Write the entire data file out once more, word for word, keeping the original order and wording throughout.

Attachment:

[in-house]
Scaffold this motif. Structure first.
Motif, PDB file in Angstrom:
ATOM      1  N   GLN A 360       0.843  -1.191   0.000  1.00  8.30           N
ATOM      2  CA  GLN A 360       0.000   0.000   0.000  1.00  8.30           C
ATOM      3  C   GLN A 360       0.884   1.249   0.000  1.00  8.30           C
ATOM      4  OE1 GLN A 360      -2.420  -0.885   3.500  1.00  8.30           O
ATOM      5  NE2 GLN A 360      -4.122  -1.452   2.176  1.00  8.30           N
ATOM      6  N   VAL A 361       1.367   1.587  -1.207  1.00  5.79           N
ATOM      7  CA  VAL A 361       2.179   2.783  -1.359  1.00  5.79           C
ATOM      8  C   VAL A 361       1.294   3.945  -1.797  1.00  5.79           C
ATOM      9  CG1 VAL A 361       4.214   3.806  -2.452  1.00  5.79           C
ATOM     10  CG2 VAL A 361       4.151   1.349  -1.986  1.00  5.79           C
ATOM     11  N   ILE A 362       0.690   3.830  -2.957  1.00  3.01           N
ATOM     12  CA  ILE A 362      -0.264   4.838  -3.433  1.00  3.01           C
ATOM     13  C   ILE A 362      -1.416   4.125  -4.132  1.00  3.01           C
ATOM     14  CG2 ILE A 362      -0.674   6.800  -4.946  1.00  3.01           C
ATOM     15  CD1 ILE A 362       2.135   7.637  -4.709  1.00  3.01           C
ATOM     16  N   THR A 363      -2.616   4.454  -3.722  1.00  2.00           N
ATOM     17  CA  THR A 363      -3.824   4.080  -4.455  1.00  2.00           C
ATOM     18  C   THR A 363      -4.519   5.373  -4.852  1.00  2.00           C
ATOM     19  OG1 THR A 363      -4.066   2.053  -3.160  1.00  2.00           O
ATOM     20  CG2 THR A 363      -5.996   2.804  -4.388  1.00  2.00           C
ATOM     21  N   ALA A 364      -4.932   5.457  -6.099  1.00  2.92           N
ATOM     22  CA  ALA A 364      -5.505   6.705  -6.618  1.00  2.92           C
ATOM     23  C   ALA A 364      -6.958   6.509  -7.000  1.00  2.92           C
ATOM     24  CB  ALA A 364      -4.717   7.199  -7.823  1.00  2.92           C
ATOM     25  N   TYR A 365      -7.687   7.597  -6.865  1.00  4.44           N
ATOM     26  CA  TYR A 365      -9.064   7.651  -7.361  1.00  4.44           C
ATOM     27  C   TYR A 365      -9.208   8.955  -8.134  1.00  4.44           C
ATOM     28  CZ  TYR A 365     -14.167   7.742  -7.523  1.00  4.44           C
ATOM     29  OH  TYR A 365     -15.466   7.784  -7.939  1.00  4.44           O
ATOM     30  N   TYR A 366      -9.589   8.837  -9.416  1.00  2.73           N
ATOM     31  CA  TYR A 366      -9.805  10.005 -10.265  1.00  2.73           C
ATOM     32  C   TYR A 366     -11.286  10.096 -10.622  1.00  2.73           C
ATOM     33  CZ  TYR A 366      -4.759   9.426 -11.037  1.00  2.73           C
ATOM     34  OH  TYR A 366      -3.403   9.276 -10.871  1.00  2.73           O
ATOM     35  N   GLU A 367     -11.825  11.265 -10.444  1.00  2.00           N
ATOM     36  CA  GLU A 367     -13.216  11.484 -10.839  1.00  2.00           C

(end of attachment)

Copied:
[in-house]
Scaffold this motif. Structure first.
Motif, PDB file in Angstrom:
ATOM      1  N   GLN A 360       0.843  -1.191   0.000  1.00  8.30           N
ATOM      2  CA  GLN A 360       0.000   0.000   0.000  1.00  8.30           C
ATOM      3  C   GLN A 360       0.884   1.249   0.000  1.00  8.30           C
ATOM      4  OE1 GLN A 360      -2.420  -0.885   3.500  1.00  8.30           O
ATOM      5  NE2 GLN A 360      -4.122  -1.452   2.176  1.00  8.30           N
ATOM      6  N   VAL A 361       1.367   1.587  -1.207  1.00  5.79           N
ATOM      7  CA  VAL A 361       2.179   2.783  -1.359  1.00  5.79           C
ATOM      8  C   VAL A 361       1.294   3.945  -1.797  1.00  5.79           C
ATOM      9  CG1 VAL A 361       4.214   3.806  -2.452  1.00  5.79           C
ATOM     10  CG2 VAL A 361       4.151   1.349  -1.986  1.00  5.79           C
ATOM     11  N   ILE A 362       0.690   3.830  -2.957  1.00  3.01           N
ATOM     12  CA  ILE A 362      -0.264   4.838  -3.433  1.00  3.01           C
ATOM     13  C   ILE A 362      -1.416   4.125  -4.132  1.00  3.01           C
ATOM     14  CG2 ILE A 362      -0.674   6.800  -4.946  1.00  3.01           C
ATOM     15  CD1 ILE A 362       2.135   7.637  -4.709  1.00  3.01           C
ATOM     16  N   THR A 363      -2.616   4.454  -3.722  1.00  2.00           N
ATOM     17  CA  THR A 363      -3.824   4.080  -4.455  1.00  2.00           C
ATOM     18  C   THR A 363      -4.519   5.373  -4.852  1.00  2.00           C
ATOM     19  OG1 THR A 363      -4.066   2.053  -3.160  1.00  2.00           O
ATOM     20  CG2 THR A 363      -5.996   2.804  -4.388  1.00  2.00           C
ATOM     21  N   ALA A 364      -4.932   5.457  -6.099  1.00  2.92           N
ATOM     22  CA  ALA A 364      -5.505   6.705  -6.618  1.00  2.92           C
ATOM     23  C   ALA A 364      -6.958   6.509  -7.000  1.00  2.92           C
ATOM     24  CB  ALA A 364      -4.717   7.199  -7.823  1.00  2.92           C
ATOM     25  N   TYR A 365      -7.687   7.597  -6.865  1.00  4.44           N
ATOM     26  CA  TYR A 365      -9.064   7.651  -7.361  1.00  4.44           C
ATOM     27  C   TYR A 365      -9.208   8.955  -8.134  1.00  4.44           C
ATOM     28  CZ  TYR A 365     -14.167   7.742  -7.523  1.00  4.44           C
ATOM     29  OH  TYR A 365     -15.466   7.784  -7.939  1.00  4.44           O
ATOM     30  N   TYR A 366      -9.589   8.837  -9.416  1.00  2.73           N
ATOM     31  CA  TYR A 366      -9.805  10.005 -10.265  1.00  2.73           C
ATOM     32  C   TYR A 366     -11.286  10.096 -10.622  1.00  2.73           C
ATOM     33  CZ  TYR A 366      -4.759   9.426 -11.037  1.00  2.73           C
ATOM     34  OH  TYR A 366      -3.403   9.276 -10.871  1.00  2.73           O
ATOM     35  N   GLU A 367     -11.825  11.265 -10.444  1.00  2.00           N
ATOM     36  CA  GLU A 367     -13.216  11.484 -10.839  1.00  2.00           C